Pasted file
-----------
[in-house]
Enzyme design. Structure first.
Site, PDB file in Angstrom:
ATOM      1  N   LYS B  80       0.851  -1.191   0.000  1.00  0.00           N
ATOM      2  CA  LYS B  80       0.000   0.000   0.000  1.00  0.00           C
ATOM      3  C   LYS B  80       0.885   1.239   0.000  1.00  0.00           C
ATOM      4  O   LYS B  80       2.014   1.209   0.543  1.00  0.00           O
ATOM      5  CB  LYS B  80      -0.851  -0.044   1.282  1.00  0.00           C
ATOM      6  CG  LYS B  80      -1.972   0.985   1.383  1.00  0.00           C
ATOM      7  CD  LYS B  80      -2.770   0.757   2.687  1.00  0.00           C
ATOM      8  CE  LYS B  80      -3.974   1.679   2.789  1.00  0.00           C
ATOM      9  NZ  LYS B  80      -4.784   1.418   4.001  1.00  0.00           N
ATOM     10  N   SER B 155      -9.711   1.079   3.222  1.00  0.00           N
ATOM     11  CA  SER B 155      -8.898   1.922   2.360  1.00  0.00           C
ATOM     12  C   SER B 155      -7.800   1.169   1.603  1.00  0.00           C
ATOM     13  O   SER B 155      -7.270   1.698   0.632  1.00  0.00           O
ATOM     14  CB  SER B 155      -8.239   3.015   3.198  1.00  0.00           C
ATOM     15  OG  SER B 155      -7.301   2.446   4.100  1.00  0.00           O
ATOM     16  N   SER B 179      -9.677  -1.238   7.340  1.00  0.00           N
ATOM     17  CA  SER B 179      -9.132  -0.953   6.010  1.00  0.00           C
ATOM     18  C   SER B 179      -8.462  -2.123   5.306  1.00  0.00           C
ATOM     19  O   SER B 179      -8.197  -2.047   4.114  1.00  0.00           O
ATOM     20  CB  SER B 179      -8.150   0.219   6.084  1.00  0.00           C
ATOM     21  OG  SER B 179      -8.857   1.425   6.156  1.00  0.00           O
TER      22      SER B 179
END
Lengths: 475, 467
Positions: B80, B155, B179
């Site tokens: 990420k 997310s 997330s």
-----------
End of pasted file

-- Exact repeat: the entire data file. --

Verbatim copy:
[in-house]
Enzyme design. Structure first.
Site, PDB file in Angstrom:
ATOM      1  N   LYS B  80       0.851  -1.191   0.000  1.00  0.00           N
ATOM      2  CA  LYS B  80       0.000   0.000   0.000  1.00  0.00           C
ATOM      3  C   LYS B  80       0.885   1.239   0.000  1.00  0.00           C
ATOM      4  O   LYS B  80       2.014   1.209   0.543  1.00  0.00           O
ATOM      5  CB  LYS B  80      -0.851  -0.044   1.282  1.00  0.00           C
ATOM      6  CG  LYS B  80      -1.972   0.985   1.383  1.00  0.00           C
ATOM      7  CD  LYS B  80      -2.770   0.757   2.687  1.00  0.00           C
ATOM      8  CE  LYS B  80      -3.974   1.679   2.789  1.00  0.00           C
ATOM      9  NZ  LYS B  80      -4.784   1.418   4.001  1.00  0.00           N
ATOM     10  N   SER B 155      -9.711   1.079   3.222  1.00  0.00           N
ATOM     11  CA  SER B 155      -8.898   1.922   2.360  1.00  0.00           C
ATOM     12  C   SER B 155      -7.800   1.169   1.603  1.00  0.00           C
ATOM     13  O   SER B 155      -7.270   1.698   0.632  1.00  0.00           O
ATOM     14  CB  SER B 155      -8.239   3.015   3.198  1.00  0.00           C
ATOM     15  OG  SER B 155      -7.301   2.446   4.100  1.00  0.00           O
ATOM     16  N   SER B 179      -9.677  -1.238   7.340  1.00  0.00           N
ATOM     17  CA  SER B 179      -9.132  -0.953   6.010  1.00  0.00           C
ATOM     18  C   SER B 179      -8.462  -2.123   5.306  1.00  0.00           C
ATOM     19  O   SER B 179      -8.197  -2.047   4.114  1.00  0.00           O
ATOM     20  CB  SER B 179      -8.150   0.219   6.084  1.00  0.00           C
ATOM     21  OG  SER B 179      -8.857   1.425   6.156  1.00  0.00           O
TER      22      SER B 179
END
Lengths: 475, 467
Positions: B80, B155, B179
């Site tokens: 990420k 997310s 997330s």